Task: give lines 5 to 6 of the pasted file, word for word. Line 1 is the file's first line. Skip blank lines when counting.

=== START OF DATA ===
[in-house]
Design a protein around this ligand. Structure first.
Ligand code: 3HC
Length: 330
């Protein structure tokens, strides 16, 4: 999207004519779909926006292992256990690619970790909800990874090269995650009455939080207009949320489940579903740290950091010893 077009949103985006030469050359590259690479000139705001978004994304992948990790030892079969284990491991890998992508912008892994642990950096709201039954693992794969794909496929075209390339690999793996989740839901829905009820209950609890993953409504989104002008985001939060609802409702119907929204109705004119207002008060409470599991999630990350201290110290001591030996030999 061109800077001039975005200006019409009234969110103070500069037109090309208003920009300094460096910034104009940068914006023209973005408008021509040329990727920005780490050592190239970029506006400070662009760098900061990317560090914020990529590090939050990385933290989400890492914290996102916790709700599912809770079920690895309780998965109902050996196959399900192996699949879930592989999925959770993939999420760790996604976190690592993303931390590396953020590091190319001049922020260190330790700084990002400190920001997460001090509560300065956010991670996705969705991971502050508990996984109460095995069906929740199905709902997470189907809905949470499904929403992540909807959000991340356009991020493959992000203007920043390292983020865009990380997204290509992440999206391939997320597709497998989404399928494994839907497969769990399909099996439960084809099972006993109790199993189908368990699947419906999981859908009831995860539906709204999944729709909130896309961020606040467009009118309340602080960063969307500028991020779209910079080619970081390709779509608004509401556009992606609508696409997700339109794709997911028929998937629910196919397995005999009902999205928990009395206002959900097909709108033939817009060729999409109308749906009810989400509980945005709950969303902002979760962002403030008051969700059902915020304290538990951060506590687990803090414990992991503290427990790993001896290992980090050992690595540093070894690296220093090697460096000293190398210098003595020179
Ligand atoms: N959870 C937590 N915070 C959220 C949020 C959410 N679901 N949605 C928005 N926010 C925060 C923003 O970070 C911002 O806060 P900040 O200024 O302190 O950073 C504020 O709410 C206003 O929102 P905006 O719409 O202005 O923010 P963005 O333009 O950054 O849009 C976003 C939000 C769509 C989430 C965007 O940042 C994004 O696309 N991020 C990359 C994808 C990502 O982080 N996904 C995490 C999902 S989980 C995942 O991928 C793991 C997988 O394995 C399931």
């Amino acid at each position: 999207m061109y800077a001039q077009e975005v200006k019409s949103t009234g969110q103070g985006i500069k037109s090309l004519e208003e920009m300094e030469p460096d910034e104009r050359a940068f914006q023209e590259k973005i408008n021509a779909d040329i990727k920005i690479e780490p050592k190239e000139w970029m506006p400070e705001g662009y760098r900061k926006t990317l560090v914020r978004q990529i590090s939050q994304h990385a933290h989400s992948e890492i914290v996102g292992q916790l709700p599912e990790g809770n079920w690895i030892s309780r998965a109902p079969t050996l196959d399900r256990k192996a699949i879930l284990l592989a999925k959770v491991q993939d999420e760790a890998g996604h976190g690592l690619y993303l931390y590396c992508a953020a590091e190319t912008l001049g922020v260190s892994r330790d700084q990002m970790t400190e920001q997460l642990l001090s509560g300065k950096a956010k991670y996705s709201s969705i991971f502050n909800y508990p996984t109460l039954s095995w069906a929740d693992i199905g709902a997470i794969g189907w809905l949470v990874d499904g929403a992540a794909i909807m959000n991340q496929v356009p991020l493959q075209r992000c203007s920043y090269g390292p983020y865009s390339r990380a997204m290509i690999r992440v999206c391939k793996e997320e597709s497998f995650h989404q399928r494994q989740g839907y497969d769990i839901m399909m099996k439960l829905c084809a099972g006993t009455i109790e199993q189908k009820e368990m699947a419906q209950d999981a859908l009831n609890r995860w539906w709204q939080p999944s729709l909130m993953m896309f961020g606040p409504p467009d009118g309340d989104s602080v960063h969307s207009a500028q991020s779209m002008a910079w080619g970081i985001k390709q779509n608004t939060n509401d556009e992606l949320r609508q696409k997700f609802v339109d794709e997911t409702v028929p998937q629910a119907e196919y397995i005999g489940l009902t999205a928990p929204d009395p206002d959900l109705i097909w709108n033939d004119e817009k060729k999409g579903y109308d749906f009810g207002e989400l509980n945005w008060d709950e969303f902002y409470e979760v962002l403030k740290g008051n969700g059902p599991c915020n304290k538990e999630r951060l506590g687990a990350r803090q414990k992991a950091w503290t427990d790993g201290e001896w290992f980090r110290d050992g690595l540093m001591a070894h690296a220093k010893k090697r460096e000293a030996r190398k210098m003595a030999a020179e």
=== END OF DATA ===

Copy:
């Protein structure tokens, strides 16, 4: 999207004519779909926006292992256990690619970790909800990874090269995650009455939080207009949320489940579903740290950091010893 077009949103985006030469050359590259690479000139705001978004994304992948990790030892079969284990491991890998992508912008892994642990950096709201039954693992794969794909496929075209390339690999793996989740839901829905009820209950609890993953409504989104002008985001939060609802409702119907929204109705004119207002008060409470599991999630990350201290110290001591030996030999 061109800077001039975005200006019409009234969110103070500069037109090309208003920009300094460096910034104009940068914006023209973005408008021509040329990727920005780490050592190239970029506006400070662009760098900061990317560090914020990529590090939050990385933290989400890492914290996102916790709700599912809770079920690895309780998965109902050996196959399900192996699949879930592989999925959770993939999420760790996604976190690592993303931390590396953020590091190319001049922020260190330790700084990002400190920001997460001090509560300065956010991670996705969705991971502050508990996984109460095995069906929740199905709902997470189907809905949470499904929403992540909807959000991340356009991020493959992000203007920043390292983020865009990380997204290509992440999206391939997320597709497998989404399928494994839907497969769990399909099996439960084809099972006993109790199993189908368990699947419906999981859908009831995860539906709204999944729709909130896309961020606040467009009118309340602080960063969307500028991020779209910079080619970081390709779509608004509401556009992606609508696409997700339109794709997911028929998937629910196919397995005999009902999205928990009395206002959900097909709108033939817009060729999409109308749906009810989400509980945005709950969303902002979760962002403030008051969700059902915020304290538990951060506590687990803090414990992991503290427990790993001896290992980090050992690595540093070894690296220093090697460096000293190398210098003595020179
Ligand atoms: N959870 C937590 N915070 C959220 C949020 C959410 N679901 N949605 C928005 N926010 C925060 C923003 O970070 C911002 O806060 P900040 O200024 O302190 O950073 C504020 O709410 C206003 O929102 P905006 O719409 O202005 O923010 P963005 O333009 O950054 O849009 C976003 C939000 C769509 C989430 C965007 O940042 C994004 O696309 N991020 C990359 C994808 C990502 O982080 N996904 C995490 C999902 S989980 C995942 O991928 C793991 C997988 O394995 C399931």